Figure 15. Red Sea-Dead Sea Project. Source: Fanack after Altz-Stamm, A., 2012.
Figure 15. Red Sea-Dead Sea Project. Source: Fanack after Altz-Stamm, A., 2012.

The pipeline to the Dead Sea will initially transport up to 120 MCM/yr of brine (highly concentrated saline water), a by-product of the desalination process. This will serve to rehabilitate the Dead Sea, which has been shrinking at a rate of 1 m/yr or more for the past 30 years. As the desalination plant in Aqaba expands, up to 2,000 MCM/yr of brine could be pumped to the Dead Sea in the future (Fig. 15).[10]

While advocates of the project praise its regional nature and consider this an innovative solution to save the Dead Sea, critics worry about the implications of mixing the brine of Red Sea water into the Dead Sea. The two water bodies have very different mineral contents, and environmental experts are concerned that the addition of Red Sea brine will alter the composition of Dead Sea water.[11]

The management of water supply and wastewater treatment in refugee camps is another major challenge for the Jordanian government, especially in the north of the country where the majority of the camps are concentrated. The wastewater from these camps needs to be effectively and safely managed, in order to protect the local communities and the groundwater resources over which the camps are built.[12]

To address some of these challenges, the American NGO Mercy Corps with the support of USAID, UNICEF and UNHCR, has invested in a number of water infrastructure projects:[13]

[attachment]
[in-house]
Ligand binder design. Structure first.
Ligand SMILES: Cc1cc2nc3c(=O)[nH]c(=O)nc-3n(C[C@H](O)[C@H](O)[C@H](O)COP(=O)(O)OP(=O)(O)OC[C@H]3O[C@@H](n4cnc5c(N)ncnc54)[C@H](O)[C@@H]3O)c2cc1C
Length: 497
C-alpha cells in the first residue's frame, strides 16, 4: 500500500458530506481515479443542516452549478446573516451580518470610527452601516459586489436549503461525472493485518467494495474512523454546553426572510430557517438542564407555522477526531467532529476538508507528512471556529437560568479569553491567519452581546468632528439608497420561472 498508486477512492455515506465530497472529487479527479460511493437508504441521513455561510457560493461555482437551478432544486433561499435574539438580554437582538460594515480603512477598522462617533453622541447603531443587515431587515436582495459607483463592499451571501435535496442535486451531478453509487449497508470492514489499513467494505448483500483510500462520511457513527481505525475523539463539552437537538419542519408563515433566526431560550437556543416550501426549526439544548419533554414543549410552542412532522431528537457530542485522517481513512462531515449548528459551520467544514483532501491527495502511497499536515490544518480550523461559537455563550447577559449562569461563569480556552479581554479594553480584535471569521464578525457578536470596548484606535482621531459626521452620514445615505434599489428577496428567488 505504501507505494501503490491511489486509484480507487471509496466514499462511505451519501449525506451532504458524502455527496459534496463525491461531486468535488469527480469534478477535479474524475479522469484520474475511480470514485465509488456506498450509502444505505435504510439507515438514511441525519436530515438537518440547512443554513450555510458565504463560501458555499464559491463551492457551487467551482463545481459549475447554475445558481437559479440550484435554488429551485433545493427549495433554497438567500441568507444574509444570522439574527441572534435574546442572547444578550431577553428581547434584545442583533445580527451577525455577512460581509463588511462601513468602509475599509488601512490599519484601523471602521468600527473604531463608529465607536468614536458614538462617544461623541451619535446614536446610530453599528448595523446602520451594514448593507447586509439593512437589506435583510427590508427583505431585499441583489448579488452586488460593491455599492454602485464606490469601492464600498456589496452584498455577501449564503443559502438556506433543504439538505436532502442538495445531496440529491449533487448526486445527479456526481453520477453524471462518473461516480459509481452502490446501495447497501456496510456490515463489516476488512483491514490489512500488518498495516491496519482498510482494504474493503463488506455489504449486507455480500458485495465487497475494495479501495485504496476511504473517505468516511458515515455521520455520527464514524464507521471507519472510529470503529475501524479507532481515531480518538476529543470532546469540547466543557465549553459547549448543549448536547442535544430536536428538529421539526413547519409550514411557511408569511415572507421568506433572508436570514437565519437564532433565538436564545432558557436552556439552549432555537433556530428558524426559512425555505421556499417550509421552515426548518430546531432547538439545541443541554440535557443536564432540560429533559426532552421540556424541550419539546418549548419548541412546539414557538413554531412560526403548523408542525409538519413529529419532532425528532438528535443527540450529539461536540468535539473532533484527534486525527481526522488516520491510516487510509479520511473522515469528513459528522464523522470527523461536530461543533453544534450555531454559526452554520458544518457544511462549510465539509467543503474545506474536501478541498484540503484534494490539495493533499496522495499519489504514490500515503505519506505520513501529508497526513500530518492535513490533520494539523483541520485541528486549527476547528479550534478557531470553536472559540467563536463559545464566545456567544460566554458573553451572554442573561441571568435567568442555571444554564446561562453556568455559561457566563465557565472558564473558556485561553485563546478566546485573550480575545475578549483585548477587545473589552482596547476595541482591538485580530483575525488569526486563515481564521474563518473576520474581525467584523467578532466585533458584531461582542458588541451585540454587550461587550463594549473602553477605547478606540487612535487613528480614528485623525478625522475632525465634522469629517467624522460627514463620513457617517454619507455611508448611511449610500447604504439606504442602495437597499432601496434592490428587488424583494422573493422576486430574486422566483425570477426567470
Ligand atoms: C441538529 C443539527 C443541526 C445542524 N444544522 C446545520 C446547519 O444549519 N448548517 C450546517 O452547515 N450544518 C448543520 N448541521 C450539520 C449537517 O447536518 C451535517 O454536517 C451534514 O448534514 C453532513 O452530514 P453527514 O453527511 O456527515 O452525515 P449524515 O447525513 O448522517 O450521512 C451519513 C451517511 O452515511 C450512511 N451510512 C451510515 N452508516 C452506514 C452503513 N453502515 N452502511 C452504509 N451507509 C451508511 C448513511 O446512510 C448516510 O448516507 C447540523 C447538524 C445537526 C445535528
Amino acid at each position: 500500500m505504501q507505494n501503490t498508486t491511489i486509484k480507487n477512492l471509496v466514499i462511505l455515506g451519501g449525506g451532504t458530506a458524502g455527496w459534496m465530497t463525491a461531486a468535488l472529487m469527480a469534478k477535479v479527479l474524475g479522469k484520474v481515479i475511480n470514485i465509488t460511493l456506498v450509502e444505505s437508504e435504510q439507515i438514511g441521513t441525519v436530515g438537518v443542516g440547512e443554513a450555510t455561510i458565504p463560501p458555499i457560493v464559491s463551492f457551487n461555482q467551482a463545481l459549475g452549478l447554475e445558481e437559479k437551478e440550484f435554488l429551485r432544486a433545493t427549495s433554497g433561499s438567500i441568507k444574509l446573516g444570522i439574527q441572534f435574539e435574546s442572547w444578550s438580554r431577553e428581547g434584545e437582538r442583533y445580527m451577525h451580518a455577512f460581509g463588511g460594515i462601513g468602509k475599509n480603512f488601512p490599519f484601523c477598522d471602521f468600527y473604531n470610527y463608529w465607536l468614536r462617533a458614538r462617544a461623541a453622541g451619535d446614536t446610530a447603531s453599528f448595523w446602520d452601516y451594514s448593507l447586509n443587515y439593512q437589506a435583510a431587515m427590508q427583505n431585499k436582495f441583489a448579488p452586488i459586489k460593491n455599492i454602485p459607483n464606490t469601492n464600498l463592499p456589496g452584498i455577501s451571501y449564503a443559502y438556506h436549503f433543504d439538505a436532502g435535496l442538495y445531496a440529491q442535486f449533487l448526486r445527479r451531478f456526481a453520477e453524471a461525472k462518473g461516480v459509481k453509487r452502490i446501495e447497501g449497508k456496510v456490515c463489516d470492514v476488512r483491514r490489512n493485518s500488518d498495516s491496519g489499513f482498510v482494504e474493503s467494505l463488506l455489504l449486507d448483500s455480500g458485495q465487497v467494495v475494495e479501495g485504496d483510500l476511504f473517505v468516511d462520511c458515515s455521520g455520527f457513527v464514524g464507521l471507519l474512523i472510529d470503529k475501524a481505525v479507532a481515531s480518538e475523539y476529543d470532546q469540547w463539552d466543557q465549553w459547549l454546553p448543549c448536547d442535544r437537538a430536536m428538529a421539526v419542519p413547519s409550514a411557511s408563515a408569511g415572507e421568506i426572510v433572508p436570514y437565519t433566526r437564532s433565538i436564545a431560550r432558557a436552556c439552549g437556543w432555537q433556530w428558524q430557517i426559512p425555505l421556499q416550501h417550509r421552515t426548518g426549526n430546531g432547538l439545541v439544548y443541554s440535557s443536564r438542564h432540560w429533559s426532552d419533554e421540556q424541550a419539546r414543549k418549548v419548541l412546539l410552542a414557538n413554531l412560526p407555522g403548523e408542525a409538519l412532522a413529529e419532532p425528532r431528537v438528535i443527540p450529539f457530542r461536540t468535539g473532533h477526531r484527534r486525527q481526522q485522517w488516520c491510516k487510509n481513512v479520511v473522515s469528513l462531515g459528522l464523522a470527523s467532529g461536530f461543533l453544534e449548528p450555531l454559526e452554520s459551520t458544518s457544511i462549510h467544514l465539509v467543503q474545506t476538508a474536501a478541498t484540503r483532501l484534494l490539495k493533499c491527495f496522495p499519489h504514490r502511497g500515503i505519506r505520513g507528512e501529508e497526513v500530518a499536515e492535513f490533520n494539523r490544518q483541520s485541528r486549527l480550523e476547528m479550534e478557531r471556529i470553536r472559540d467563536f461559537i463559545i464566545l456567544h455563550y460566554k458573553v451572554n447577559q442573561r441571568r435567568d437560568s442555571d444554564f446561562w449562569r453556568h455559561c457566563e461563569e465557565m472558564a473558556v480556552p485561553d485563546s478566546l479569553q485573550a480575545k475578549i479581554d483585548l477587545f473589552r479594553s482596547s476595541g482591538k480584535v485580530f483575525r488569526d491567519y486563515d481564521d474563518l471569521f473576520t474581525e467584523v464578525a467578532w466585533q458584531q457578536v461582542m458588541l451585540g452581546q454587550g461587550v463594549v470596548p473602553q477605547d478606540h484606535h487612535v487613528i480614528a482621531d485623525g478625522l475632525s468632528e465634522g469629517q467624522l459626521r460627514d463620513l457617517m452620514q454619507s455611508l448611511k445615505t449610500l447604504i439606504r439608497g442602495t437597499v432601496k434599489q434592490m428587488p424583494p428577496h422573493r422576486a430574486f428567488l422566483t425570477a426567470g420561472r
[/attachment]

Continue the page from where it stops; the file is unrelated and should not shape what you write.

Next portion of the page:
• Zaatari Refugee Camp: Two new wells and pump stations to serve a refugee population of 120,000. Cost: $450,000.

  • Tabaqet Fahel Well Project: Renovation and expansion, providing an additional 63,000 users with 80 litres per day. Cost: $250,000.

  • Zabdah Reservoir: Renovation project fixing leaks and installing insulation, saving enough to water to provide 27,000 users with 80 litres per day. Cost: $530,000.

  • Abu al-Basal Pipeline: Installed 2.5 km of pipes to extend the water network and address emergency shortages in a refugee-affected area. Cost: $70,000.

  • Spare parts: To enable quick responses to network breaks, reduce the scope of interruptions and enable maintenance, Mercy Corps provides spare parts to the local utility (parts valued at $400,000 as of October 2013).

The King Talal Dam, Jordan. Photo: Nick Fraser.
The King Talal Dam, Jordan. Photo: Nick Fraser.


[1] al-Ansari, N., 2014. ‘Water Demand Management in Jordan’. Engineering, 6(1): 19-26.
[2] Altz-Stamm, A., 2012. ‘Jordan’s Water Resource Challenges and the Prospects for Sustainability’. GIS for Water Resources.
[3] Ministry of Water and Irrigation, 2015. Personal interview.
[4] Mercy Corps, 2014. Tapped Out: Water Scarcity and Refugee Pressure in Jordan.
[5] Mohsen, M.S., 2007. ‘Water strategies and potential of desalination in Jordan’. Desalination, 203: 27-46.
[6] Ministry of Water and Irrigation, 2015. Personal interview.
[7] Reuters, 2015. ‘Jordan, Israel agree $900 million Red Sea-Dead Sea project’. 26 February 2015.
[8] Ministry of Water and Irrigation, 2015. Personal interview.
[9] Reuters, 2015. ‘Jordan, Israel agree $900 million Red Sea-Dead Sea project’. 26 February 2015.
[10] Ministry of Water and Irrigation, 2015. Personal interview.
[11] Mohsen, M.S., 2007. ‘Water strategies and potential of desalination in Jordan’. Desalination, 203: 27-46.
[12] Mercy Corps, 2014. Tapped Out: Water Scarcity and Refugee Pressure in Jordan.
[13] Ibid.